The mysterious Dr. Lao (Tony Randall) rides into the remote Arizona town of Abalone, a place that needs him more than it understands, for there is a tycoon, Clint Stark (Arthur O'Connell), who is trying to win them over so he may buy up their land and homes. He is trying to persuade them to do this under the guise of philanthropy and many of the citizens are being duped, but not local newspaperman Ed Cunningham (John Ericson) who is running editorials in the paper about how Stark is not to be trusted, and little better than a dictator. Unfortunately, public opinion is on the tycoon's side - until Dr. Lao arrives...
7 Faces of Dr. Lao may be fondly recalled today, but unlike many of its producer and director George Pal's other fantasy films, it was not a hit and its failure almost had him giving up movies for a spell. You can see why, as it's a curious concoction of superb effects and makeup (William Tuttle won the first ever Oscar for makeup design for his work here) and a schmaltzy, moralising tone that doesn't immediately speak to all audiences. Maybe a lot of people don't like to be told how to live their lives, and the Abalone folk are such an unlikeable bunch you're tempted to advise Dr. Lao to leave them be.
Yet in the spirit of religious do-goodery that often popped up in Pal's films, the title character is far from content to allow these wayward people to give in to their greed and come out the losers; Stark has a low opinion of humanity, believing them easily manipulated to reveal their worst nature, and for some of the running time of this you might well be agreeing with him. Cunningham, for example, is a fine, upstanding chap, but his attmepts to woo a young widow, Angela Benedict (a brunette Barbara Eden), are thrown back in his face because she, like her fellow locals, cannot see the good in others.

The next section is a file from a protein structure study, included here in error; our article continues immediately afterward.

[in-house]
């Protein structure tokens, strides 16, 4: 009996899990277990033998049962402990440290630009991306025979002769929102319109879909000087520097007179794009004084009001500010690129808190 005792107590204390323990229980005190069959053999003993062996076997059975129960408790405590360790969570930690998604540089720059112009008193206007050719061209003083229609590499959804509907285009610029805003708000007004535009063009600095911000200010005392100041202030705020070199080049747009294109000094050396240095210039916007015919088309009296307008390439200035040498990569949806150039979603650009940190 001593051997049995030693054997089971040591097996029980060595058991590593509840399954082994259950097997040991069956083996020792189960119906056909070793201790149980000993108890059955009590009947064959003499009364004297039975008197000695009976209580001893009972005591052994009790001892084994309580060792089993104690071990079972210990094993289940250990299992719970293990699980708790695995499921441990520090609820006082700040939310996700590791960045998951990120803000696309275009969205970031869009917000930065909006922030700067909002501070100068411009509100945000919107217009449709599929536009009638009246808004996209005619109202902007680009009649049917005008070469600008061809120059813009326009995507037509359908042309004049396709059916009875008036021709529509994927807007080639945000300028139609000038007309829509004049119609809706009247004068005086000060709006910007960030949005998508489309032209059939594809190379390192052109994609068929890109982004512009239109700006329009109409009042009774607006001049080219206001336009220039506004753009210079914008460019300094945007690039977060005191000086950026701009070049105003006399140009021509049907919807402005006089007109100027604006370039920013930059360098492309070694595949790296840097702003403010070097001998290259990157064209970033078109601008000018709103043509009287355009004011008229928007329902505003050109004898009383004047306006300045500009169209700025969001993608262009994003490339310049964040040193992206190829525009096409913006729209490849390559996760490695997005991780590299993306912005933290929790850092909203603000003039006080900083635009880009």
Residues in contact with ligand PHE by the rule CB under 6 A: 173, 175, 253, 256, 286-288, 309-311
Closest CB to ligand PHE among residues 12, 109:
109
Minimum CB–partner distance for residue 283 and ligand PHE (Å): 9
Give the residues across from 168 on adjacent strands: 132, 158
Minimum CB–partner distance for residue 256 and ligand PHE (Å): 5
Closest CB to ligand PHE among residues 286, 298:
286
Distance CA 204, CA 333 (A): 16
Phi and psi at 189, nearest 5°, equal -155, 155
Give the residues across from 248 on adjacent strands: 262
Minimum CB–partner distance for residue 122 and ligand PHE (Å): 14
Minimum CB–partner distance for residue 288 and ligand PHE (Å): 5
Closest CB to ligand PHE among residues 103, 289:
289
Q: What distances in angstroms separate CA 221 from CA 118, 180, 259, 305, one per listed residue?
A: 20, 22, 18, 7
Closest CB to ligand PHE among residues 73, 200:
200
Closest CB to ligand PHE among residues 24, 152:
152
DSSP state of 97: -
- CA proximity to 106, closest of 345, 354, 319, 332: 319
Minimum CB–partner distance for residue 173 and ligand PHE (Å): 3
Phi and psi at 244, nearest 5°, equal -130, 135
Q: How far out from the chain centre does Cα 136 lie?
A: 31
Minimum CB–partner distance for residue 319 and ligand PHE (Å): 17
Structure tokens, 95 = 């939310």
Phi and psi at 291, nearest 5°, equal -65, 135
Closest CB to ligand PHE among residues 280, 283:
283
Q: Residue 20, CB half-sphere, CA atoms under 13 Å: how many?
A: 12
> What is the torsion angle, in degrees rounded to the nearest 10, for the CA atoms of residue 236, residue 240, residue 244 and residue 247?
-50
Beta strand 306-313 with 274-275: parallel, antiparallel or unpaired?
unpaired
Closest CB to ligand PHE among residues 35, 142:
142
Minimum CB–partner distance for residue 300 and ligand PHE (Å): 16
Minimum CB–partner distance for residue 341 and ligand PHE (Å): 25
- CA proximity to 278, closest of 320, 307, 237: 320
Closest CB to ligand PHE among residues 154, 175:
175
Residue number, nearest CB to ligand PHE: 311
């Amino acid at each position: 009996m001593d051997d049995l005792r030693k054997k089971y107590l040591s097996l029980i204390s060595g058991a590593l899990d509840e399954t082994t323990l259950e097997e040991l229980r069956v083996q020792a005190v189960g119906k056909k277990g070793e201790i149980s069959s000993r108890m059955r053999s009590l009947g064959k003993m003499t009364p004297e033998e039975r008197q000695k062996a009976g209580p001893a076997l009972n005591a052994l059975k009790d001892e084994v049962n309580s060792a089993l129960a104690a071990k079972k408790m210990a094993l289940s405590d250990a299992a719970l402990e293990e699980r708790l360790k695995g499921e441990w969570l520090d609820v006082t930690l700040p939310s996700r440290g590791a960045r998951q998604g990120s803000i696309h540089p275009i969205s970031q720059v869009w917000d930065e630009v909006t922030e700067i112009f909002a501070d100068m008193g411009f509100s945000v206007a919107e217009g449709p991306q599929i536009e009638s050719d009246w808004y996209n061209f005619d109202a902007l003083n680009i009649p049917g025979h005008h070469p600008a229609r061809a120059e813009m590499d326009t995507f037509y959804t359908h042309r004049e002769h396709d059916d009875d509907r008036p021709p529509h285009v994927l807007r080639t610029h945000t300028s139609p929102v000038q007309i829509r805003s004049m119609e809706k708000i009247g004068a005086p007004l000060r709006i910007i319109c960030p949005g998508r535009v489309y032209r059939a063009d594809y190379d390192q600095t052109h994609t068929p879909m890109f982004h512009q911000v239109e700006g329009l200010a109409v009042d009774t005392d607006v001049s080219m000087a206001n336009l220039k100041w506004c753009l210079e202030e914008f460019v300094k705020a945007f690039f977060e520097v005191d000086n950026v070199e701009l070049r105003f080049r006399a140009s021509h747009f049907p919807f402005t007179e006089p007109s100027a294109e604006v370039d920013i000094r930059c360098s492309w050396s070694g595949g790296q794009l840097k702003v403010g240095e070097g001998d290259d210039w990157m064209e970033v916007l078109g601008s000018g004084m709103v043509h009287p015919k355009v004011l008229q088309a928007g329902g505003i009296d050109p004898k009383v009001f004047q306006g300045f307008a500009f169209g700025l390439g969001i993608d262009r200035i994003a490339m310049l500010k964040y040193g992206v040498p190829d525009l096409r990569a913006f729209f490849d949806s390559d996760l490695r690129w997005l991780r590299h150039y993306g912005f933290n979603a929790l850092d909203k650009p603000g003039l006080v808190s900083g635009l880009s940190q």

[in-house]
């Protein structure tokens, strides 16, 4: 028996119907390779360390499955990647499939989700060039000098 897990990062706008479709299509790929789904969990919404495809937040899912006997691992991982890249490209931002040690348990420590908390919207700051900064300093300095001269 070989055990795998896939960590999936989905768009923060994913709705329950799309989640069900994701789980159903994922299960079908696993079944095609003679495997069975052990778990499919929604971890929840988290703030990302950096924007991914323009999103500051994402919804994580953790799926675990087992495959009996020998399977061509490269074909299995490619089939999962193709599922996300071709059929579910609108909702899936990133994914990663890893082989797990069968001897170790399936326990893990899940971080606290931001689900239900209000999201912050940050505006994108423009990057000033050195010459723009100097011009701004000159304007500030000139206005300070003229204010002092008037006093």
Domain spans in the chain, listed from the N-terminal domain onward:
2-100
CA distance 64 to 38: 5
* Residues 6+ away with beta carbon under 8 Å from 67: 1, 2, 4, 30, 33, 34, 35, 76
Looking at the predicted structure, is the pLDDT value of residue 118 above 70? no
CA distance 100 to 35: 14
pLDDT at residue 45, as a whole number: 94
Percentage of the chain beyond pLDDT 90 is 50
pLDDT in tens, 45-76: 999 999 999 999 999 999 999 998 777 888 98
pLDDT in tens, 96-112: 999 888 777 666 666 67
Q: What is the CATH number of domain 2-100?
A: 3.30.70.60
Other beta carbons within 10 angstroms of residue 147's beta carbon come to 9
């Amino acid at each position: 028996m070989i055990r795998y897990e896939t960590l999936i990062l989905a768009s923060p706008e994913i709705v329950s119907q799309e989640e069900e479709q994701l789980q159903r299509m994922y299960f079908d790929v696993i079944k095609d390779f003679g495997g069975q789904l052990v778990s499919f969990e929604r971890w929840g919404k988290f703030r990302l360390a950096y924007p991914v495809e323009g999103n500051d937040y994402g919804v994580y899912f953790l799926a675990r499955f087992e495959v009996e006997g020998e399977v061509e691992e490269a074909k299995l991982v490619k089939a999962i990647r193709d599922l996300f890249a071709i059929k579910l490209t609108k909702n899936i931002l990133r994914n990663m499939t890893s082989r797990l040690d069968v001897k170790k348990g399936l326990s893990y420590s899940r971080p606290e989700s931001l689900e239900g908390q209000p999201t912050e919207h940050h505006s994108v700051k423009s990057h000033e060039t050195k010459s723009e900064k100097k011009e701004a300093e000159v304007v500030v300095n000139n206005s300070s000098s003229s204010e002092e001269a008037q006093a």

You get the impression if Dr. Lao hadn't happened along to given them another chance then they would have ended up doomed to stew in their own bitterness, but he has brought a circus with him, which is where Tuttle's creations come into play. Although Randall was no fan of the film, he does give an excellent performance here, or should I say seven performances as he appears in various different incarnations, from an Abominable Snowman (looks fierce, but is really just the handyman) to a Medusa (snakes for hair, turning a woman to stone, the whole deal). It's worth watching for the novelty value of these entities alone.
The script was adapted by Charles Beaumont, one of the finest writers of fantastic fiction of his generation, from the novel by Charles Finney, and at times it seems as if he was keener on the more outlandish aspects than the human side of things. Nevertheless, there are attacks on racism (odd for a film which stars a white man dressed up as Confucius, complete with comedy mangling of the English language) and lessons about how we all need guidance, from little boys whose fathers have died to the more grown up but no less deluded elder members of society. And unusually for a Pal film, he is not afraid to reach for some dark territory, with Angela's sexual frustration brought out in a meeting with Pan, or one flibbertigibbet facing her pathetic existence thanks to a sorrowful but stern fortune teller. If it's the effects you want, then there's plenty to feast your eyes on, including an out of control Loch Ness Monster, but the film is less folksy than it initially seems. Not wholly successful, but it is provocative if you care to look. Music by Leigh Harline.